Christmas in our Lives as Christians

Nativity Icon Detail

The celebration of Christmas is not mostly the remembrance of a historical event, though it is that.  The Nativity of Christ is also the personal salvation of each of us and the reconciliation of the entire world to God the Creator.  For Christians, celebrating Christmas begins with being in Christ:  we are to be one with Him, united to His death and resurrection so that we can die with Him and rise from the dead with Him.   Christmas is among the most theological of Christian Feasts.  It speaks to us about God and His relationship to us and the world.  It is the feast of salvation revealing the world and humans to be capable of bearing God in themselves.

“Let us become like Christ, since Christ also became like us; let us become gods because of him, since he also because of us became human.  He assumed what is worse that he might give what is better.  He became poor that we through his poverty might become rich.  He took the form of a slave, that we might regain freedom.  He descended that we might be lifted up, he was tempted that we might be victorious, he was dishonoured to glorify is, he died to save us, he ascended to draw himself to us who lay below in the Fall of sin.  Let us give everything, offer everything, to the one who gave himself as a ransom and an exchange for us.”    (St Gregory of Nazianzus Festal Orations, pg 59)

The Faith of Abraham

 Hebrews 11:9-10

Patriarch Abraham

By faith Abraham dwelt in the land of promise as in a foreign country, dwelling in tents with Isaac and Jacob, the heirs with him of the same promise; for he waited for the city which has foundations, whose builder and maker is God.  By faith Abraham, when he was tested, offered up Isaac, and he who had received the promises offered up his only begotten son, of whom it was said, “In Isaac your seed shall be called,” concluding that God was able to raise him up, even from the dead, from which he also received him in a figurative sense.  By faith Isaac blessed Jacob and Esau concerning things to come.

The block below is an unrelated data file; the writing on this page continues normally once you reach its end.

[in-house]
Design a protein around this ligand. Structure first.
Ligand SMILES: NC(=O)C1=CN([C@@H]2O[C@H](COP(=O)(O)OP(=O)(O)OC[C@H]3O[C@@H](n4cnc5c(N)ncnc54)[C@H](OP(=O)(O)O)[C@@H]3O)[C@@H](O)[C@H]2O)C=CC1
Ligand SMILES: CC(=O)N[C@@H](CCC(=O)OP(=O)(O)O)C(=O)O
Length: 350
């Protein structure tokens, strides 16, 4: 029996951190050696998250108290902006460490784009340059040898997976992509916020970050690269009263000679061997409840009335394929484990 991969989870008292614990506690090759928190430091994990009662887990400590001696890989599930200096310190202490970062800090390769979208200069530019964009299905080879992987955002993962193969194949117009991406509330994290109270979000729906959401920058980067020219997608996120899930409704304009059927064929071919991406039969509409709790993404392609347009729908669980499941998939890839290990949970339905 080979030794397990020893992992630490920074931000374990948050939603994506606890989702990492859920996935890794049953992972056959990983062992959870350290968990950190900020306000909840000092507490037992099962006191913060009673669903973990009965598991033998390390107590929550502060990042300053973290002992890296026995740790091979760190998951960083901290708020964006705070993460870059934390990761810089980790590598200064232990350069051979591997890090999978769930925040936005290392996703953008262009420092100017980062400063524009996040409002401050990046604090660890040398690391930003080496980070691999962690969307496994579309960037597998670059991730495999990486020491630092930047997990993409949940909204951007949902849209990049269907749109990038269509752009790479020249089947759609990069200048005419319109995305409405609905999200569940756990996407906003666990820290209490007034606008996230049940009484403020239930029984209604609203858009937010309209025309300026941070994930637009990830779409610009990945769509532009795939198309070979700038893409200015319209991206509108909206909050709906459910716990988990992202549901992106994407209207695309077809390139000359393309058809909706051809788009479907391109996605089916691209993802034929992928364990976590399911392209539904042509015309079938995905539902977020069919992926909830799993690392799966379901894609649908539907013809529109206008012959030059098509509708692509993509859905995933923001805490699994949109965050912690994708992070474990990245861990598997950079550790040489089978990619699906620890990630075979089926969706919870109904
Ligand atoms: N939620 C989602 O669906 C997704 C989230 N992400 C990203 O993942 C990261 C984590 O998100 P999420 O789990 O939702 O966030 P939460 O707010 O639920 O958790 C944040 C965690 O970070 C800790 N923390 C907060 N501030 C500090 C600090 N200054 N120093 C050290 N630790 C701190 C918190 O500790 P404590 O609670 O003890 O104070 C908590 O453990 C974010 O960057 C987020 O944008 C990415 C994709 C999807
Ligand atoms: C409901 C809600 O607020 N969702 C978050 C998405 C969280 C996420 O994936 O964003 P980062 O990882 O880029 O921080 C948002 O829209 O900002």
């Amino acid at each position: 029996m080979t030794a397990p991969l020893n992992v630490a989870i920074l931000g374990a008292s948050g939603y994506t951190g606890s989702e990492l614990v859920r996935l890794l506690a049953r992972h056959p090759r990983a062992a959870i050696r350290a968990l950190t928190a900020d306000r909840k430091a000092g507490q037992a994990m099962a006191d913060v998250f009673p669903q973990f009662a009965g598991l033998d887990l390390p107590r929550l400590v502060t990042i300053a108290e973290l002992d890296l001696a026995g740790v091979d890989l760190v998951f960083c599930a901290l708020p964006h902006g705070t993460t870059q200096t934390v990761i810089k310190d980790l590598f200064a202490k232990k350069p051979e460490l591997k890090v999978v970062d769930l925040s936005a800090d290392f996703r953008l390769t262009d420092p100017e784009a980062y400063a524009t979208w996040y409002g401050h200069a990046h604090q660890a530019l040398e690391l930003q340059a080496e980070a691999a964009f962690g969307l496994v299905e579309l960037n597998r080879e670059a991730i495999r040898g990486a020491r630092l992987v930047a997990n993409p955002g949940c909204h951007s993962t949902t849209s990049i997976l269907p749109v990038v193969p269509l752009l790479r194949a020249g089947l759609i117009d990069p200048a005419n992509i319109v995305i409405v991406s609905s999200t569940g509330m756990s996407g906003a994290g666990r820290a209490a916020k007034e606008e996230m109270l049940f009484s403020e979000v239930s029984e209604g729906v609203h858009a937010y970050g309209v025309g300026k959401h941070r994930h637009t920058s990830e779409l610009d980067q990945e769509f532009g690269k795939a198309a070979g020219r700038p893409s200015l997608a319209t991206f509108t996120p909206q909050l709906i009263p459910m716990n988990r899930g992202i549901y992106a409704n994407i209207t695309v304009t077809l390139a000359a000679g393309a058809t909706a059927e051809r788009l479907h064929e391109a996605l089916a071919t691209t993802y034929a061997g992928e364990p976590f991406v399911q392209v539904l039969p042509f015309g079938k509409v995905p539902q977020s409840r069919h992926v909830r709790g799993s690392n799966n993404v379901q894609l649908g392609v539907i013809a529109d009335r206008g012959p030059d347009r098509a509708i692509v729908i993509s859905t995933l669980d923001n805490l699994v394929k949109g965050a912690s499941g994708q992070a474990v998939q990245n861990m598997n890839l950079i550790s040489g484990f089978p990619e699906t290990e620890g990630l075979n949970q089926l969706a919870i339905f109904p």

The faith and faithfulness of Abraham was noted by ancient Jews and Christians alike.

“Third century Christian writer Origin, commenting on Abraham’s faith which caused him to obey to the extreme, noted that remaining faithful to God is easier for Christians than for Abraham—we have knowledge of Christ and the resurrection.

Origin aligns Abraham’s temptation with that of the Christian facing possible martyrdom.  The Christian has faith not only in the future resurrection of Isaac but also in the (past) resurrection of Christ; he or she should have it easier than Abraham did.  Is it possible, Origin implies, that Abraham’s faith is greater than our own, for we (he notes later in the homily) not only are reluctant to follow Christ’s injunction not to value family ties over the gospel, but also grieve when our children die, despite our faith?  Origin the homilist brilliantly evokes the Christian hearer’s own experience as a locus for understanding the text, and for letting the text, in the person of Abraham’s faith, challenge the hearer.  He will later note, commenting on God’s concluding words in the story (For now I know you fear God, “ Gen 22”12):  ‘But these things are written on account of you, because you too indeed have believed in God, but unless you shall fulfill “the works of faith” (2Thess 1:11)you will not know that you fear God nor will it be said of you:  “Now I know that you fear God.”‘”     (Blowes, P M, Christman, A R, Hunter, D G, Young, R D, IN DOMINICO ELOQUIO/IN LORDLY ELOQUENCE, p 41)